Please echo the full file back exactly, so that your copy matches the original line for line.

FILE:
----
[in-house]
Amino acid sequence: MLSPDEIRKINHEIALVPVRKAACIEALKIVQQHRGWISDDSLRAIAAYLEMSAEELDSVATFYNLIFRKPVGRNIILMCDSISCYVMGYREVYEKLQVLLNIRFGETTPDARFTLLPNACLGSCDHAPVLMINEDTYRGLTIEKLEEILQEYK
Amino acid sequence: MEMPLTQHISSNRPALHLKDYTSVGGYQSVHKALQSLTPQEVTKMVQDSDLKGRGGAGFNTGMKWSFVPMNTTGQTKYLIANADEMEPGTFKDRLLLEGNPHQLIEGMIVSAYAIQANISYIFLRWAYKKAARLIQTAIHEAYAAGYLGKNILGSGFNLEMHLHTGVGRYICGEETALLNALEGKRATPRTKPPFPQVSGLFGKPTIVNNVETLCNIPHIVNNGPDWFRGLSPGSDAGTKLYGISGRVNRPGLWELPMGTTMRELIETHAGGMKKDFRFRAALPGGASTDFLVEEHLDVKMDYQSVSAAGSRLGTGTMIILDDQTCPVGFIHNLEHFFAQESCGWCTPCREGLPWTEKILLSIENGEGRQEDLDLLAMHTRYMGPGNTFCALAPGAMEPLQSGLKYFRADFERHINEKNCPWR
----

[in-house]
Amino acid sequence: MLSPDEIRKINHEIALVPVRKAACIEALKIVQQHRGWISDDSLRAIAAYLEMSAEELDSVATFYNLIFRKPVGRNIILMCDSISCYVMGYREVYEKLQVLLNIRFGETTPDARFTLLPNACLGSCDHAPVLMINEDTYRGLTIEKLEEILQEYK
Amino acid sequence: MEMPLTQHISSNRPALHLKDYTSVGGYQSVHKALQSLTPQEVTKMVQDSDLKGRGGAGFNTGMKWSFVPMNTTGQTKYLIANADEMEPGTFKDRLLLEGNPHQLIEGMIVSAYAIQANISYIFLRWAYKKAARLIQTAIHEAYAAGYLGKNILGSGFNLEMHLHTGVGRYICGEETALLNALEGKRATPRTKPPFPQVSGLFGKPTIVNNVETLCNIPHIVNNGPDWFRGLSPGSDAGTKLYGISGRVNRPGLWELPMGTTMRELIETHAGGMKKDFRFRAALPGGASTDFLVEEHLDVKMDYQSVSAAGSRLGTGTMIILDDQTCPVGFIHNLEHFFAQESCGWCTPCREGLPWTEKILLSIENGEGRQEDLDLLAMHTRYMGPGNTFCALAPGAMEPLQSGLKYFRADFERHINEKNCPWR